Some have criticized the Aston Martin Cygnet for being nothing more than a glorified Toyota iQ, but what we have here is far from being an ordinary pint-sized mainstream hatchback dressed in a tuxedo. The short-lived city car has been resurrected about five years since its passing for a one-of-a-kind project that has really taken us by surprise.
Gone is the tiny 1.3-liter four-cylinder engine as Aston Martin’s skilled engineers have somehow been able to cram inside the engine bay the V8 4.7-liter unit of the Vantage S. As such, power is up from the puny 97 hp of the standard car to a meaty 430 hp to transform the Cygnet into a veritable pocket rocket. Also from the Vantage, the talented folks from Gaydon borrowed the seven-speed Speedshift II automatic transmission.
While the Toyota iQ and its Aston Martin equivalent have a front-wheel-drive layout, the one-off Cygnet has been modified to accommodate a RWD setup. It had to go through some extensive changes, which included a modified chassis, shortened Vantage-sourced driveshaft, a new transmission tunnel, and a reworked bulkhead.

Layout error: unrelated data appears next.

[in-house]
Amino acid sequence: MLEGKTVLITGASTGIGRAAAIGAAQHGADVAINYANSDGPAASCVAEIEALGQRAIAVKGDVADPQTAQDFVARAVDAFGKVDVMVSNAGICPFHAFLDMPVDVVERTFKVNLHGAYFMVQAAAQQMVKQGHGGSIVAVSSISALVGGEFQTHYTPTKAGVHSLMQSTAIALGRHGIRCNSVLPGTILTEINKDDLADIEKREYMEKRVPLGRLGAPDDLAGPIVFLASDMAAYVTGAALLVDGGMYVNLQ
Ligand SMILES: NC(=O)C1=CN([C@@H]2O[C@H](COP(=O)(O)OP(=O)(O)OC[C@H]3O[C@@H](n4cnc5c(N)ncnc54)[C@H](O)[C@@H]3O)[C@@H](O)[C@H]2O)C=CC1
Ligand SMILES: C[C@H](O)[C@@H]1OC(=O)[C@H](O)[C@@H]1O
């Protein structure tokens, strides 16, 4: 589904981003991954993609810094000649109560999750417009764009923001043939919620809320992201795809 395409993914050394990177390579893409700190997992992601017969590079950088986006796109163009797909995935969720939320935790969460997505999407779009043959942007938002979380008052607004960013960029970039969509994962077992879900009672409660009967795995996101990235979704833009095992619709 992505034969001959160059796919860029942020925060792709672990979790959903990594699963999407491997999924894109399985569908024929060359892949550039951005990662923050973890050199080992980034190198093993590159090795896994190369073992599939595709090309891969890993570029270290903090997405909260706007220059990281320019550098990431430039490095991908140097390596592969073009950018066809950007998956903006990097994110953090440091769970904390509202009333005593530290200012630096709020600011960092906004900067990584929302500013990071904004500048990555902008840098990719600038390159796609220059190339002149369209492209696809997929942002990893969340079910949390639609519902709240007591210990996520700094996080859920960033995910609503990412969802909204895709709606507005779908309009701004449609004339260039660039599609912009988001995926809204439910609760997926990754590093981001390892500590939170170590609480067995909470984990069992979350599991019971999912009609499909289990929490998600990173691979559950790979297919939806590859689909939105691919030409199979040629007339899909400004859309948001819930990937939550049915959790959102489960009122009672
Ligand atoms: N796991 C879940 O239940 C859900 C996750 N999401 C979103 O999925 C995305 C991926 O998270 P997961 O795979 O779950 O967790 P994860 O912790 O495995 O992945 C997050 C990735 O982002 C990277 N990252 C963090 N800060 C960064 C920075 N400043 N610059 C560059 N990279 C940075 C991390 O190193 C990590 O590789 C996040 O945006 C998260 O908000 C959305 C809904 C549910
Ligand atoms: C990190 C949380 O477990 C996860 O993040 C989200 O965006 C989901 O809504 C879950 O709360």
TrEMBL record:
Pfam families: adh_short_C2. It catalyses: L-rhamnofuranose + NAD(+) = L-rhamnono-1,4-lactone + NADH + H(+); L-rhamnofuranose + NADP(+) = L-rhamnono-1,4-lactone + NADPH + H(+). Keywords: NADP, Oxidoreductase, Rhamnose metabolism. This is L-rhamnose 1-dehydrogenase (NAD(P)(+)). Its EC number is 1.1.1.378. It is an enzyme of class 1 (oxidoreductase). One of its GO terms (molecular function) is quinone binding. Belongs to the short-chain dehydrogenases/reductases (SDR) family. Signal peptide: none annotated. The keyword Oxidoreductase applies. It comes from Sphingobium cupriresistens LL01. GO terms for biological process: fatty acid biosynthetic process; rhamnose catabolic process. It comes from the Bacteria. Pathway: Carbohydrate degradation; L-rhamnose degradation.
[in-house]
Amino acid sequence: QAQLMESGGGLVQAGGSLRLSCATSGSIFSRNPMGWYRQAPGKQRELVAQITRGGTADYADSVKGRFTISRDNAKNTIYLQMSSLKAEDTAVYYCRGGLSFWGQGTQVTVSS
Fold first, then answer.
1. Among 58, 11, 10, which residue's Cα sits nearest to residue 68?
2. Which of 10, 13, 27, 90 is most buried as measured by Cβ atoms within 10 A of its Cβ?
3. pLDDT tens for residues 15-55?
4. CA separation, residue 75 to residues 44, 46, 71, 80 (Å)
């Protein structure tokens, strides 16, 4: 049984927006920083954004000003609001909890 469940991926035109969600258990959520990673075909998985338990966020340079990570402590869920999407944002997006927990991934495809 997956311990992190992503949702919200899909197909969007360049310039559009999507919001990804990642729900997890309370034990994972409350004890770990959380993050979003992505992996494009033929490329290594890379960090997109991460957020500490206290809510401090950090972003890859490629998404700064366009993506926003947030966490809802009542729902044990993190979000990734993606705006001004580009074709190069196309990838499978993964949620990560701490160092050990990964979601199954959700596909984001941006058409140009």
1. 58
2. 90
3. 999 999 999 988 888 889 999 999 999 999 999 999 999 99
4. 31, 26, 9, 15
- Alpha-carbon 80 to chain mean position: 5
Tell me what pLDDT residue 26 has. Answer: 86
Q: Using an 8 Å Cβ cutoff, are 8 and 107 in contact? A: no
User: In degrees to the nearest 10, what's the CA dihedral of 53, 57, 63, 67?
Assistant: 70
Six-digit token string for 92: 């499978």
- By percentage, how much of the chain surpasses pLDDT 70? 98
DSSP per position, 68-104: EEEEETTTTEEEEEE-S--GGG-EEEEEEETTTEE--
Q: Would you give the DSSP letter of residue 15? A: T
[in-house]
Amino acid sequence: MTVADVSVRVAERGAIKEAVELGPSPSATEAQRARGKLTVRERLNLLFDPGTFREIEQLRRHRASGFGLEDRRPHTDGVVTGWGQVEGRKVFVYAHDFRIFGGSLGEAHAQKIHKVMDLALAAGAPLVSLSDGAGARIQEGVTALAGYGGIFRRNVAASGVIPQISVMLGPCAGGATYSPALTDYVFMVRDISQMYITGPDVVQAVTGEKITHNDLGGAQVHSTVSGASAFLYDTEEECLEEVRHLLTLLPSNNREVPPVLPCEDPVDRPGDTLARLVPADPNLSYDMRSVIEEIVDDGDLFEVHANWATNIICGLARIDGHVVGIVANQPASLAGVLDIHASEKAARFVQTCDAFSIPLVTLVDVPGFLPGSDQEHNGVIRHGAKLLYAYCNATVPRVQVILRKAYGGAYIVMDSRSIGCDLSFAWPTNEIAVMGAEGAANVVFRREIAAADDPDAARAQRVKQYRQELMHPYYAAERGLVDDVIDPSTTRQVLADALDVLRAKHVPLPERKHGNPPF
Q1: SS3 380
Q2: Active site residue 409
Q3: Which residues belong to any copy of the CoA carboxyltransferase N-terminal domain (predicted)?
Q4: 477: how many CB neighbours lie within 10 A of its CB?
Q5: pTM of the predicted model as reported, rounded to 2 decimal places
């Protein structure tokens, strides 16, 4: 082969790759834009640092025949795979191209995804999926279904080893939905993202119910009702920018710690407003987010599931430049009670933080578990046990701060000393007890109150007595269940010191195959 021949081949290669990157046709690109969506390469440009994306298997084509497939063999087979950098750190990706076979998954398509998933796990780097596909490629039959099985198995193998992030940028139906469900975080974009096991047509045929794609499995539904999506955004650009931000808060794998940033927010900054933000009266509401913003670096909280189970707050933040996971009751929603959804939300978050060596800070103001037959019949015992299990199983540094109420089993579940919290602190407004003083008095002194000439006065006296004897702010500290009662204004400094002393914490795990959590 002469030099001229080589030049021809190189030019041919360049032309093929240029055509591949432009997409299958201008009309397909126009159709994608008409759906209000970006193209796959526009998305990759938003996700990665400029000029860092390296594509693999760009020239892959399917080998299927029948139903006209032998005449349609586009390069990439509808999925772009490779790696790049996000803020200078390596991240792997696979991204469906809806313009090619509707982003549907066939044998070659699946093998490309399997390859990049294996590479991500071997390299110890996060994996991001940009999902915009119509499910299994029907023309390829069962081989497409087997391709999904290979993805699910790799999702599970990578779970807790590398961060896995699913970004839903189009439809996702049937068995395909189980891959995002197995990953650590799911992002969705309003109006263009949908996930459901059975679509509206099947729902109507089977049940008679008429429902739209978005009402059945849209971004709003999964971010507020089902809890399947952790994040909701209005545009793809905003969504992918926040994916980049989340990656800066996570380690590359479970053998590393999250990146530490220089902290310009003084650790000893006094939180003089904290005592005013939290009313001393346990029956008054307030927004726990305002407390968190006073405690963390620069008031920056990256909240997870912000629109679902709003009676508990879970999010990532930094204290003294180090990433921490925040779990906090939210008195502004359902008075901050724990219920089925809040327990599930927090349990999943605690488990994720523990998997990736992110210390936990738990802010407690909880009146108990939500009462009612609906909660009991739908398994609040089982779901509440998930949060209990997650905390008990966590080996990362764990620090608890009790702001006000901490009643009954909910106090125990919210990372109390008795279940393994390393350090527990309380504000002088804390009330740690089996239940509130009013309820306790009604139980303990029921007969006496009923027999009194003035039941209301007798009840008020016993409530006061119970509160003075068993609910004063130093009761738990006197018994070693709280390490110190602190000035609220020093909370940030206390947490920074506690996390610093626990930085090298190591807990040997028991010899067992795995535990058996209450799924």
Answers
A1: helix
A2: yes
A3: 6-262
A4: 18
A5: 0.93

As you would come to expect, the V8-powered Cygnet has put on some weight compared to the regular production model. While the standard car tipped the scales at just under 1,000 kilograms (2,204 pounds), this one weighs 1,375 kg (3,031 lbs) distributed evenly at 50:50 front/rear. To keep the weight low, the interior has been modified to accommodate a pair of Recaro body-hugging seats and a new dashboard made from carbon fiber.
If you’re curious to find out about the sort of performance it offers, 0-62 mph (0-100 kph) takes 4.2 seconds before topping out at a respectable 170 mph (274 kph). That’s a major improvement compared to the production Cygnet, which needed 11.8 seconds for the sprint and had a maximum speed of just 106 mph (171 kph).
During the V8 conversion, the miniscule car was upgraded to an independent double wishbone front and rear suspension and got beefier brakes hiding behind 19-inch alloys way larger than the stock 16-inch set. There are beefy wheel arches made from carbon fiber necessary to make room for the wider tracks making the Cygnet look like an angry little hatchback.
We will get to see the Aston Martin Cygnet V8 in action this week at the ongoing 2018 Goodwood Festival of Speed.
Source: Aston Martin
Gallery: Aston Martin Cygnet V8 concept
- A one-off creation for a customer through the ‘Q by Aston Martin – Commission’ service